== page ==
CIBC FirstCaribbean International Bank Jamaica, FCIBJ, one of the quietest of the eight commercial banks, continued to build on its earnings post-pandemic, with a 39 per cent jump in profit at year ending October 2022.
Its annual earnings grew from $476 million to $663 million.
The bank benefited from higher revenue in the year and pumped billions into the purchase of additional investment securities.
Back in 2020, the apex year of the pandemic, the bank descended into red, with a loss of $273 million. The pandemic year served as a reset for global business, which in turn affected banking, pushing some into losses and forcing measures to shore up or safeguard capital amid the crisis.
FCIBJ’s local performance matched the 39 per cent rise in profit for the wider CIBC FirstCaribbean group, which operates banks in multiple countries of the Caribbean. The regional group earned US$176 million, up from US$126 million.
“During 2022, our region continued to show positive signs of recovery from the pandemic, with increased economic activity boosted by the improving tourism sector. Several of our clients who were impacted have begun to see revenues and profitability return,” CIBC FirstCaribbean said in its annual report.
Similar to other financial entities, its outlook remains sombre.
“However, new geo-economic challenges continue to impact our clients, resulting in inflationary pressures from rising prices, supply and logistics delays, and reduction in foreign direct investment,” the Caribbean bank added.
During the year, the Jamaican operation cut back on its outstanding loans; its deposits also dipped due to a one-off transaction.
“In 2021, FirstCaribbean International Bank (Jamaica) Limited negotiated an early settlement of deposit liabilities with the National Housing Trust, resulting in the derecognition of US$16.5 million in customer deposits payable at a fixed date and a gain of US$4.4 million. This gain was included in other operating income,” CIBC FirstCaribbean reported.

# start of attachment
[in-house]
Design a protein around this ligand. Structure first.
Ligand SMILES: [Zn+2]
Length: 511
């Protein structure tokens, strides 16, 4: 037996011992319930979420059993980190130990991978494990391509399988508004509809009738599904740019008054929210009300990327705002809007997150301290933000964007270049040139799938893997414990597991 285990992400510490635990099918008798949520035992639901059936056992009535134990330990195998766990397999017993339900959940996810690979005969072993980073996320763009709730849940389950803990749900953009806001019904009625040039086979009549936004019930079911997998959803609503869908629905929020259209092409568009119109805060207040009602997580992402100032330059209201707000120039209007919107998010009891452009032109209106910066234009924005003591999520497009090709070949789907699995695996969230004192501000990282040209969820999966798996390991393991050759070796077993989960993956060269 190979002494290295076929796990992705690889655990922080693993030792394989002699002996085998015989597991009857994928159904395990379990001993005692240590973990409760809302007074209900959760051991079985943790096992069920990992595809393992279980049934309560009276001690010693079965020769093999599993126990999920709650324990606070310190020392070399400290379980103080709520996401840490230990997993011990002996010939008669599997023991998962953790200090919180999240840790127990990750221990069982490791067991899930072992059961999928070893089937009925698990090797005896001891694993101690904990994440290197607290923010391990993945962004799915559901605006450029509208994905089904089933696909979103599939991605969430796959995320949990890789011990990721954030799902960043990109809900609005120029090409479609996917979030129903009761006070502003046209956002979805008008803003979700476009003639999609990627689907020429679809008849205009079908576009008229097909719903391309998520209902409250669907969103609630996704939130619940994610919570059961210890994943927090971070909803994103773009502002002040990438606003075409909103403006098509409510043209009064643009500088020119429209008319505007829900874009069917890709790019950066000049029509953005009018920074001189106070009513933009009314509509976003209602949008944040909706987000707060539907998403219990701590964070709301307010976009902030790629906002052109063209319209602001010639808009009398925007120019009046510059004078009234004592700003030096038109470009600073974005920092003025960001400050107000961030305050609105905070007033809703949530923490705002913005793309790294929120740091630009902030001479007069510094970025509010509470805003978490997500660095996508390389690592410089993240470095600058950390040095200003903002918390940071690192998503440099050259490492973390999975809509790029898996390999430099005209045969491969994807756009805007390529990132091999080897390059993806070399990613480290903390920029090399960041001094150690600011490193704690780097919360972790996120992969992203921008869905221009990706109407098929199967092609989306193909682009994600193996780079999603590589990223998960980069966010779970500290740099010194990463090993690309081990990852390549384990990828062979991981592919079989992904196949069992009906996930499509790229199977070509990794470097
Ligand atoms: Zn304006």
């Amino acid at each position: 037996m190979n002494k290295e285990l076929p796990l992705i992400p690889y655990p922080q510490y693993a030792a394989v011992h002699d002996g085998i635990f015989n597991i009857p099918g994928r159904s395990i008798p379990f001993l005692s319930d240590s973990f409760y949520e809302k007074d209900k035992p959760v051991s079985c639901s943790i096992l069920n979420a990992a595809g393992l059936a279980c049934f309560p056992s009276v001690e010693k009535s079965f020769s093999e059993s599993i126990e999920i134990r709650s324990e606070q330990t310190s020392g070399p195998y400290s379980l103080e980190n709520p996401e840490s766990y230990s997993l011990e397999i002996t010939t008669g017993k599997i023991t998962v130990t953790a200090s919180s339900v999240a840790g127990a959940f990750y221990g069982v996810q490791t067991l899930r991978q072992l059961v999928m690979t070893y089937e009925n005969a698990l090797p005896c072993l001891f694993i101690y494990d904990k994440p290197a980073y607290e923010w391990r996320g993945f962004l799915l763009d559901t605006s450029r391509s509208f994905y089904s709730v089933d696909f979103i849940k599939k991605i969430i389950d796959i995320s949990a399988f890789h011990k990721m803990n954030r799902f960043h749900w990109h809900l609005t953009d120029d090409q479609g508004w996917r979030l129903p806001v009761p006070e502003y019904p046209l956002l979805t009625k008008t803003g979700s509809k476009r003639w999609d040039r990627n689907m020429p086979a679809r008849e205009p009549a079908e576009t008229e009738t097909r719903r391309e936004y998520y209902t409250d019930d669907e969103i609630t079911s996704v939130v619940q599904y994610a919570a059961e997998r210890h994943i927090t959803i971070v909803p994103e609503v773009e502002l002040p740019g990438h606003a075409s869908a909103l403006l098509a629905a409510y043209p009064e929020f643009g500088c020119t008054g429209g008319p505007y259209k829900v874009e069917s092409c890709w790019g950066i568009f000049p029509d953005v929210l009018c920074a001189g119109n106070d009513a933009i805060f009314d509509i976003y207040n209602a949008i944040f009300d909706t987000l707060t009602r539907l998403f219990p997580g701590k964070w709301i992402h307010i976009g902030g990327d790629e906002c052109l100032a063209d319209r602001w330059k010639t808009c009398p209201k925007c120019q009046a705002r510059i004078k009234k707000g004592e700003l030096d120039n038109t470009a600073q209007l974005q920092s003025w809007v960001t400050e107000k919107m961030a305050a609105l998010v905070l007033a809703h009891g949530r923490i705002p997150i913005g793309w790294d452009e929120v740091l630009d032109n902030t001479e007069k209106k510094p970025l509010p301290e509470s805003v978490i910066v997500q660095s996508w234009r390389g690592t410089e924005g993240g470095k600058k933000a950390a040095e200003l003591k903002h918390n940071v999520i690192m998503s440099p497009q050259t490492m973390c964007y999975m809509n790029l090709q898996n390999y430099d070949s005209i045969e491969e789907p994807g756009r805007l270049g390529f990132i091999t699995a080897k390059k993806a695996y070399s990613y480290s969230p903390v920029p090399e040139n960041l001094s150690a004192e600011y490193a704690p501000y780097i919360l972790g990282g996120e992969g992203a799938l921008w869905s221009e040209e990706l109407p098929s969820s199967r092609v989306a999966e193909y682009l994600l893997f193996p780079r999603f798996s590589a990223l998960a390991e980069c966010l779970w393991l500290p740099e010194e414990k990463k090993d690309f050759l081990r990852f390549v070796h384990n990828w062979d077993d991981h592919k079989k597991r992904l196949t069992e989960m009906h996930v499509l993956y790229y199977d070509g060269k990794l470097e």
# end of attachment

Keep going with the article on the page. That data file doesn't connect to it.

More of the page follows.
FCIBJ reported revenue of $8.9 billion, up from $8.4 billion.
During the year, the bank, which is headed by Nigel Holness, decided to invest more in securities, growing its portfolio of investment from $9 billion to $31 billion. Its profit of $633 million doubles to $1.3 billion when factoring for unrealised gains and losses on assets which the bank holds for eventual sale.
The bank’s loan portfolio, meanwhile, dipped slightly from $78.7 billion to $76.9 billion. However, its net value improved from $12.7 billion to $14 billion, which gives it a bigger buffer to defend against shocks. The 10 per cent growth in capital outperformed the average for commercial banks at 3.4 per cent.
FCIBJ is the sixth-largest of eight commercial banks operating in Jamaica. It is held by Barbados-based CIBC FirstCaribbean, which is owned by Canadian Imperial Bank of Commerce in Canada.